BOB IGER’S LONG GOODBYE
The former CEO of Disney is arguable the most succesful creative manager in history. During his 15 year reign, he masterminded the rapacious IP acquisitions of Star Wars, Marvel, and The Simpsons whilst building a reputation and a nice, helpful person who was exquisitely sensitive to the needs of the creatives who make the movies. As Disney negotiates the tricky pivot to new leadership and a streaming focus, this piece has some great tips for creative leaders. “In a world and business that is awash with data, it is tempting to use data to answer all of our questions, including creative questions. I urge all of you not to do that.” (THE HOLLYWOOD REPORTER) BONUS We often recommend the book by Pixar founder Ed Catmull (With Amy Wallace) Creativity Inc.: : Overcoming the Unseen Forces That Stand in the Way of True Inspiration to creative leaders of all types.
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:: WHAT WE’RE THINKING ABOUT: FREEDOM ::
The topic of freedom has been considered from many, many angles by many, many philosophers and I doubt I’m going to exhaustively cover the idea or add much to the body of thinking here but that rarely stops me. It’s something that keeps coming up, something that has become recently so important and polarizing, triggering divisions and protests around the world - as we mentioned, there were protests every weekend in France for Liberte!
It occurs to me, as it often does, that these huge very big concept abstract words are endlessly argued over because they mean such different things to different people and in different contexts, especially with regards the freedom to not do things versus the freedom to do things.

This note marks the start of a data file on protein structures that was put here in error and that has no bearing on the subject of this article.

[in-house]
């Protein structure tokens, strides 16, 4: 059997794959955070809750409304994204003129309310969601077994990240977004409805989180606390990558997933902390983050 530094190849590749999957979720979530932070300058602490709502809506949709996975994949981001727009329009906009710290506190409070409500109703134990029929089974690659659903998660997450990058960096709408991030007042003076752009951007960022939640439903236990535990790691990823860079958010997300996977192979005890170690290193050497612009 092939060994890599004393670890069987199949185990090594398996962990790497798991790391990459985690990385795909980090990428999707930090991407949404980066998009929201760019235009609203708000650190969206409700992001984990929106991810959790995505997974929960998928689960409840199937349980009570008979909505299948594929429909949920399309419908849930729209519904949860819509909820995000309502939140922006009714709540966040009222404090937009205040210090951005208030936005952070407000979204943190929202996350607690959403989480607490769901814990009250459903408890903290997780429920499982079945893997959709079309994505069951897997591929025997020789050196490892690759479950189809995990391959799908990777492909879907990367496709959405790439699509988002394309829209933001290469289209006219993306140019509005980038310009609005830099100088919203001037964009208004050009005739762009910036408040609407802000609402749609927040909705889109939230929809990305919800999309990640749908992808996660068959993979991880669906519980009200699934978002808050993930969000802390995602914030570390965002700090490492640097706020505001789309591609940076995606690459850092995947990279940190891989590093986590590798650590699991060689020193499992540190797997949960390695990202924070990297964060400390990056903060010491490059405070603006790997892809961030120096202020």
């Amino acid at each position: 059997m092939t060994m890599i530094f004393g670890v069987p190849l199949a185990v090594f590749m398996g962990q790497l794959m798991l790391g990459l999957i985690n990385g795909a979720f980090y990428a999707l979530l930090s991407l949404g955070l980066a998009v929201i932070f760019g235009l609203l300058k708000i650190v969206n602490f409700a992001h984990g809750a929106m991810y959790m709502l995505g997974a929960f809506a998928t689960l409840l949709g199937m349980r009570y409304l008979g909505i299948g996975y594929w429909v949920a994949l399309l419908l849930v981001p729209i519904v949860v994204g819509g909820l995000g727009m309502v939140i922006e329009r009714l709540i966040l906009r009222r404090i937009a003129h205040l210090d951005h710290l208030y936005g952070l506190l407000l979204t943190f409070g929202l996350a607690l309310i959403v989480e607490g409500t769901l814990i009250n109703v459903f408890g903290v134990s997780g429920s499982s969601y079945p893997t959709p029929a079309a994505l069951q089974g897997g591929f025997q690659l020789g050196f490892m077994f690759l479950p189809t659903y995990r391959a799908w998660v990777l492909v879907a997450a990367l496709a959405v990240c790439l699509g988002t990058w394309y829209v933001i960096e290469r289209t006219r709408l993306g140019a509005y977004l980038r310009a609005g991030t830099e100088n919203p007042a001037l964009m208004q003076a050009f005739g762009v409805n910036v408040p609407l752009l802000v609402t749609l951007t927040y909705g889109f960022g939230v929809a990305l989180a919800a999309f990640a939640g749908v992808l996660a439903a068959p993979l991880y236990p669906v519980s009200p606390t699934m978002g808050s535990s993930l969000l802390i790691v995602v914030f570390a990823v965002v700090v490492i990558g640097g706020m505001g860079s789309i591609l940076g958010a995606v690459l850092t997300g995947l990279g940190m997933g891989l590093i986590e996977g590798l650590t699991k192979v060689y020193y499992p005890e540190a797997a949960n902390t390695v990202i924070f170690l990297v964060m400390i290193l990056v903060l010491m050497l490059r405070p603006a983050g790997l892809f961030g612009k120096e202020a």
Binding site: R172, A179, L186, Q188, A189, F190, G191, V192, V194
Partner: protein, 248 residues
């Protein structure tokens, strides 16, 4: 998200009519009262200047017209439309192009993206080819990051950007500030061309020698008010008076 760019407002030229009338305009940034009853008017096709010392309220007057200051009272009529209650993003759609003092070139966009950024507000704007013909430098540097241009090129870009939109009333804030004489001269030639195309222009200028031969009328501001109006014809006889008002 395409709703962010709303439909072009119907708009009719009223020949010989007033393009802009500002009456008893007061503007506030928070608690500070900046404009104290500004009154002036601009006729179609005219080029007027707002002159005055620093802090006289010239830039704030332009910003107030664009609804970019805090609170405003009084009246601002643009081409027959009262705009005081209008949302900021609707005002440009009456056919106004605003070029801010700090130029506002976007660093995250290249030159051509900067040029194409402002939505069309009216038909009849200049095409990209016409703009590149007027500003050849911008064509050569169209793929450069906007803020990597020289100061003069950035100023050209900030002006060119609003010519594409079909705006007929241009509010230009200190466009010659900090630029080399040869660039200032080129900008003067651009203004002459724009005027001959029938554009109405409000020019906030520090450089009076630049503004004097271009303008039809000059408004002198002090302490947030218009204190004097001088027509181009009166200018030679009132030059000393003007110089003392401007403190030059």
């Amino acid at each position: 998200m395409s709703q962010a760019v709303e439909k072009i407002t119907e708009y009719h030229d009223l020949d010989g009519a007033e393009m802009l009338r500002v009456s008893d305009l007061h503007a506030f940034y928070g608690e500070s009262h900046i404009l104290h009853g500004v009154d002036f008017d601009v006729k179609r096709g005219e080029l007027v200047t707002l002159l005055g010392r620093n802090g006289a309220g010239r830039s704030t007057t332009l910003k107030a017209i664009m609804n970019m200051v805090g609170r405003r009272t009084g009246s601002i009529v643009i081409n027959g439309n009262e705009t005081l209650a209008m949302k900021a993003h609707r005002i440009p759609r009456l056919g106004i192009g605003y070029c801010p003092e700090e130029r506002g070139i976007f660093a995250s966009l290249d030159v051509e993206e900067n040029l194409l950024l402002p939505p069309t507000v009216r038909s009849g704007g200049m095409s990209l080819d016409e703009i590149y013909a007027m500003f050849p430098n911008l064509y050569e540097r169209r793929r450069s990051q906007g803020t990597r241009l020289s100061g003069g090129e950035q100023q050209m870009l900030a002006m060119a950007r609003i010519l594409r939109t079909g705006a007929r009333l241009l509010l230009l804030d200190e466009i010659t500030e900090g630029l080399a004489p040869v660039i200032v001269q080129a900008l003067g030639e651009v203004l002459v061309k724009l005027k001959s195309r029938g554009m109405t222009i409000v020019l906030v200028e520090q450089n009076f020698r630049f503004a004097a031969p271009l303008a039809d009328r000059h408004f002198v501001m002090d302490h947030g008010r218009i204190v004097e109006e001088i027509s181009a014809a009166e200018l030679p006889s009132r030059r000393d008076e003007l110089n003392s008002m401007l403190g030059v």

I’ve written a bit about this before, in a piece called America, Freedom and the High Cost of Healthcare, which sets up my thoughts on the core issue well enough that I don’t feel too self aggrandizing quoting it here.
Freedom is good.
No problem with that, you might think. Freedom is, we all pretty much agree, a good thing. Yes indeed. Not being free is bad, as we once and for all sorted out when slavery was abolished. But freedom is often conflated with choice in America.
Freedom is equated to the freedom to choose: more choices = more freedom. But at some point there are too many choices…and it makes life worse, not better.
Barry Schwarz’s excellent book The Paradox of Choice makes the case for this better than I ever could.
(Not everyone agrees, but hey, that’s freedom for you.)
The freedom paradox is at the heart of many modern civil issues.
There is a famous expressions of this:
“Your Liberty To Swing Your Fist Ends Just Where My Nose Begins,”
which is attributed to Lincoln and loads of people, but, like so many famous expressions of this nature, is what I call a fauxation. These fake quotes bubble up in culture and then get appended to famous people they seems to suit. Fauxtations have no textual referent that can be verified.
The point being, if everyone is free to act as they choose, everything gets messy really quickly, because your absolute freedom curtails mine — and vice becomes verses.
The essential basic social contract, all the way back to Hobbes and his Leviathan, is that in order to live in a civilized society we must agree to give up some freedoms, otherwise anarchy prevails and we live lives that are ‘solitary, poor, nasty, brutish and short’.
In the USA (and increasingly in the UK) there is a great deal of importance put on and pride in the idea of personal liberties but there is a confusing lack of consistency. People there have a right to have guns, but not the right to get an abortion in Texas, for example.
Now, the obvious problem with the right to own guns, considering there has been a mass shooting in America every single day for some years now, is that it directly impacts the rights of other people to not get shot. As explained in the freedom paradox above, some freedoms when taken to logical extremes directly curtail lots of other freedoms.